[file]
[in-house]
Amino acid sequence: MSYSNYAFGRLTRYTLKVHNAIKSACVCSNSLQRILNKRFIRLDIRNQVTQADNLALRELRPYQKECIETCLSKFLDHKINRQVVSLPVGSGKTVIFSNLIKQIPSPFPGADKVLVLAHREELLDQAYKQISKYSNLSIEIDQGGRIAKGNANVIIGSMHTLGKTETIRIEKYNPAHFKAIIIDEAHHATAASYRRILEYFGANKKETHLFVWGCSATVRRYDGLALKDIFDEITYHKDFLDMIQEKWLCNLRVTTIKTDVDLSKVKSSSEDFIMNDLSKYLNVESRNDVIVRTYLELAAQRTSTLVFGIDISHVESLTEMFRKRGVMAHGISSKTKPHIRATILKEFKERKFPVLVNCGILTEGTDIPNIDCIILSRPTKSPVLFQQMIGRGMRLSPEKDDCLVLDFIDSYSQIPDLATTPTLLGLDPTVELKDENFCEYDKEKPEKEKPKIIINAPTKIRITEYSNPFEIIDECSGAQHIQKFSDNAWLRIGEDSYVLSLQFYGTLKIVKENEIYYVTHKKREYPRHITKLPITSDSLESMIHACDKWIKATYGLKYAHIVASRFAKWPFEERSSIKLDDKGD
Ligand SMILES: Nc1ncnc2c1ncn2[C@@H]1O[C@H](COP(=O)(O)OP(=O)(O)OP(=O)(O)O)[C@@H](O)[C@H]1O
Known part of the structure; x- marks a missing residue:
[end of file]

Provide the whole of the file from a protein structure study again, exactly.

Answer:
[in-house]
Amino acid sequence: MSYSNYAFGRLTRYTLKVHNAIKSACVCSNSLQRILNKRFIRLDIRNQVTQADNLALRELRPYQKECIETCLSKFLDHKINRQVVSLPVGSGKTVIFSNLIKQIPSPFPGADKVLVLAHREELLDQAYKQISKYSNLSIEIDQGGRIAKGNANVIIGSMHTLGKTETIRIEKYNPAHFKAIIIDEAHHATAASYRRILEYFGANKKETHLFVWGCSATVRRYDGLALKDIFDEITYHKDFLDMIQEKWLCNLRVTTIKTDVDLSKVKSSSEDFIMNDLSKYLNVESRNDVIVRTYLELAAQRTSTLVFGIDISHVESLTEMFRKRGVMAHGISSKTKPHIRATILKEFKERKFPVLVNCGILTEGTDIPNIDCIILSRPTKSPVLFQQMIGRGMRLSPEKDDCLVLDFIDSYSQIPDLATTPTLLGLDPTVELKDENFCEYDKEKPEKEKPKIIINAPTKIRITEYSNPFEIIDECSGAQHIQKFSDNAWLRIGEDSYVLSLQFYGTLKIVKENEIYYVTHKKREYPRHITKLPITSDSLESMIHACDKWIKATYGLKYAHIVASRFAKWPFEERSSIKLDDKGD
Ligand SMILES: Nc1ncnc2c1ncn2[C@@H]1O[C@H](COP(=O)(O)OP(=O)(O)OP(=O)(O)O)[C@@H](O)[C@H]1O
Known part of the structure; x- marks a missing residue: